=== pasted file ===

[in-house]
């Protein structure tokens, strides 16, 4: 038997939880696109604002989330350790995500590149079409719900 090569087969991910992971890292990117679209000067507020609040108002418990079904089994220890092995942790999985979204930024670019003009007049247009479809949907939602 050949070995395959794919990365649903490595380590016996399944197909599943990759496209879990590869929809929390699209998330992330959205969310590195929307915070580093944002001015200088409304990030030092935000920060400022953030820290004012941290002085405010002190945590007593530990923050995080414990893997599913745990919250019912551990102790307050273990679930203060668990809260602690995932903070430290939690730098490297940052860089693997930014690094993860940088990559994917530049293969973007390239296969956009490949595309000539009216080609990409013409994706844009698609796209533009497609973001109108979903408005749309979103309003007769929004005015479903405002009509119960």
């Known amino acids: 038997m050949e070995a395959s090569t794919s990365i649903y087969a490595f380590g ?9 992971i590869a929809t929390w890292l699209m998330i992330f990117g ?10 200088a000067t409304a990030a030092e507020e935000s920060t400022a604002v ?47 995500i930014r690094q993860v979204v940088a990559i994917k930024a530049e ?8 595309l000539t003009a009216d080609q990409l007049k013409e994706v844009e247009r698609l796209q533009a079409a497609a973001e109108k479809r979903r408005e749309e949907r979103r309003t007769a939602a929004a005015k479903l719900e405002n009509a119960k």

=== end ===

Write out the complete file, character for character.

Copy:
[in-house]
């Protein structure tokens, strides 16, 4: 038997939880696109604002989330350790995500590149079409719900 090569087969991910992971890292990117679209000067507020609040108002418990079904089994220890092995942790999985979204930024670019003009007049247009479809949907939602 050949070995395959794919990365649903490595380590016996399944197909599943990759496209879990590869929809929390699209998330992330959205969310590195929307915070580093944002001015200088409304990030030092935000920060400022953030820290004012941290002085405010002190945590007593530990923050995080414990893997599913745990919250019912551990102790307050273990679930203060668990809260602690995932903070430290939690730098490297940052860089693997930014690094993860940088990559994917530049293969973007390239296969956009490949595309000539009216080609990409013409994706844009698609796209533009497609973001109108979903408005749309979103309003007769929004005015479903405002009509119960």
């Known amino acids: 038997m050949e070995a395959s090569t794919s990365i649903y087969a490595f380590g ?9 992971i590869a929809t929390w890292l699209m998330i992330f990117g ?10 200088a000067t409304a990030a030092e507020e935000s920060t400022a604002v ?47 995500i930014r690094q993860v979204v940088a990559i994917k930024a530049e ?8 595309l000539t003009a009216d080609q990409l007049k013409e994706v844009e247009r698609l796209q533009a079409a497609a973001e109108k479809r979903r408005e749309e949907r979103r309003t007769a939602a929004a005015k479903l719900e405002n009509a119960k």